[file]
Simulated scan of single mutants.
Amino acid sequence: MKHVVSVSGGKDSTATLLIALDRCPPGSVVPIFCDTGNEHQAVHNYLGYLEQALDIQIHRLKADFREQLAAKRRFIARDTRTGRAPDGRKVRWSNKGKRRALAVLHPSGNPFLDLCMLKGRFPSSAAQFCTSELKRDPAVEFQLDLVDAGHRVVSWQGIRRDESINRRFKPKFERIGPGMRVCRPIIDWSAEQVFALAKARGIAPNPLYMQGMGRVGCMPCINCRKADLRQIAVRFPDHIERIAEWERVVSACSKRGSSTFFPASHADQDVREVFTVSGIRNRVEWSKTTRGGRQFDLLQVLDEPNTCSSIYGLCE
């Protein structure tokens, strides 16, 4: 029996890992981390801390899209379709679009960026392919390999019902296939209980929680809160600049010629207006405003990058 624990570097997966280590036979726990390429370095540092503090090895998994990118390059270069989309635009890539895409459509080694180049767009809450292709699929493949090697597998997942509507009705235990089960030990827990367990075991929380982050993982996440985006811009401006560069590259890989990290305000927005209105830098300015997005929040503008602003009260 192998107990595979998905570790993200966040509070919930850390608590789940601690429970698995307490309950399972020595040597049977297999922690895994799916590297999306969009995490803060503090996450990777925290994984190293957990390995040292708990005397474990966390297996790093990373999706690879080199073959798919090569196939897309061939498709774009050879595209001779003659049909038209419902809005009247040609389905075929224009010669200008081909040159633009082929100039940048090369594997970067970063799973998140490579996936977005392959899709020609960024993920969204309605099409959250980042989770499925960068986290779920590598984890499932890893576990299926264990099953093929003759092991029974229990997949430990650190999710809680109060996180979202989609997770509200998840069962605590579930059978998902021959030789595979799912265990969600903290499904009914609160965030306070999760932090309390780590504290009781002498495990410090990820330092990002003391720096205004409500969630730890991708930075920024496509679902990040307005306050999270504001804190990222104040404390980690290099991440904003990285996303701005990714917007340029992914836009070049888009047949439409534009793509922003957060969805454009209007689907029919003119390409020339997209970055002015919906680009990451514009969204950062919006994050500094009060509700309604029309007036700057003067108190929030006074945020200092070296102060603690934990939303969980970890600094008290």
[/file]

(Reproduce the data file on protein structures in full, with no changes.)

Simulated scan of single mutants.
Amino acid sequence: MKHVVSVSGGKDSTATLLIALDRCPPGSVVPIFCDTGNEHQAVHNYLGYLEQALDIQIHRLKADFREQLAAKRRFIARDTRTGRAPDGRKVRWSNKGKRRALAVLHPSGNPFLDLCMLKGRFPSSAAQFCTSELKRDPAVEFQLDLVDAGHRVVSWQGIRRDESINRRFKPKFERIGPGMRVCRPIIDWSAEQVFALAKARGIAPNPLYMQGMGRVGCMPCINCRKADLRQIAVRFPDHIERIAEWERVVSACSKRGSSTFFPASHADQDVREVFTVSGIRNRVEWSKTTRGGRQFDLLQVLDEPNTCSSIYGLCE
């Protein structure tokens, strides 16, 4: 029996890992981390801390899209379709679009960026392919390999019902296939209980929680809160600049010629207006405003990058 624990570097997966280590036979726990390429370095540092503090090895998994990118390059270069989309635009890539895409459509080694180049767009809450292709699929493949090697597998997942509507009705235990089960030990827990367990075991929380982050993982996440985006811009401006560069590259890989990290305000927005209105830098300015997005929040503008602003009260 192998107990595979998905570790993200966040509070919930850390608590789940601690429970698995307490309950399972020595040597049977297999922690895994799916590297999306969009995490803060503090996450990777925290994984190293957990390995040292708990005397474990966390297996790093990373999706690879080199073959798919090569196939897309061939498709774009050879595209001779003659049909038209419902809005009247040609389905075929224009010669200008081909040159633009082929100039940048090369594997970067970063799973998140490579996936977005392959899709020609960024993920969204309605099409959250980042989770499925960068986290779920590598984890499932890893576990299926264990099953093929003759092991029974229990997949430990650190999710809680109060996180979202989609997770509200998840069962605590579930059978998902021959030789595979799912265990969600903290499904009914609160965030306070999760932090309390780590504290009781002498495990410090990820330092990002003391720096205004409500969630730890991708930075920024496509679902990040307005306050999270504001804190990222104040404390980690290099991440904003990285996303701005990714917007340029992914836009070049888009047949439409534009793509922003957060969805454009209007689907029919003119390409020339997209970055002015919906680009990451514009969204950062919006994050500094009060509700309604029309007036700057003067108190929030006074945020200092070296102060603690934990939303969980970890600094008290």